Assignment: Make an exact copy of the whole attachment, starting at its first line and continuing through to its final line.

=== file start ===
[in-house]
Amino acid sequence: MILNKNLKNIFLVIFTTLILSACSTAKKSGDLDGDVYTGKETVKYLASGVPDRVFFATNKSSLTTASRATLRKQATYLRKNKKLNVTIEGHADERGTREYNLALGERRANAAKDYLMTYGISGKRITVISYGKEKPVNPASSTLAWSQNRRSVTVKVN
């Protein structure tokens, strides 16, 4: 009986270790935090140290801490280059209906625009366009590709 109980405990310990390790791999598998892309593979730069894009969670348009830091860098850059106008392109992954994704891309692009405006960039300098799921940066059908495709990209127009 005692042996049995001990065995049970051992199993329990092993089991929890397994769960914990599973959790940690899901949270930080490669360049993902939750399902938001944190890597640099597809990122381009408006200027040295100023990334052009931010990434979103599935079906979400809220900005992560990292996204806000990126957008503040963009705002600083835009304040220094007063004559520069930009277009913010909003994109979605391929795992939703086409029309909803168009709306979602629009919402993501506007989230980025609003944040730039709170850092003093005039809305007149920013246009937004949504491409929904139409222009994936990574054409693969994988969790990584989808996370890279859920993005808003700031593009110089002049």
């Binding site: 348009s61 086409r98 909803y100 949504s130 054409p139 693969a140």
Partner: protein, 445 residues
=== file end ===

[in-house]
Amino acid sequence: MILNKNLKNIFLVIFTTLILSACSTAKKSGDLDGDVYTGKETVKYLASGVPDRVFFATNKSSLTTASRATLRKQATYLRKNKKLNVTIEGHADERGTREYNLALGERRANAAKDYLMTYGISGKRITVISYGKEKPVNPASSTLAWSQNRRSVTVKVN
């Protein structure tokens, strides 16, 4: 009986270790935090140290801490280059209906625009366009590709 109980405990310990390790791999598998892309593979730069894009969670348009830091860098850059106008392109992954994704891309692009405006960039300098799921940066059908495709990209127009 005692042996049995001990065995049970051992199993329990092993089991929890397994769960914990599973959790940690899901949270930080490669360049993902939750399902938001944190890597640099597809990122381009408006200027040295100023990334052009931010990434979103599935079906979400809220900005992560990292996204806000990126957008503040963009705002600083835009304040220094007063004559520069930009277009913010909003994109979605391929795992939703086409029309909803168009709306979602629009919402993501506007989230980025609003944040730039709170850092003093005039809305007149920013246009937004949504491409929904139409222009994936990574054409693969994988969790990584989808996370890279859920993005808003700031593009110089002049």
């Binding site: 348009s61 086409r98 909803y100 949504s130 054409p139 693969a140």
Partner: protein, 445 residues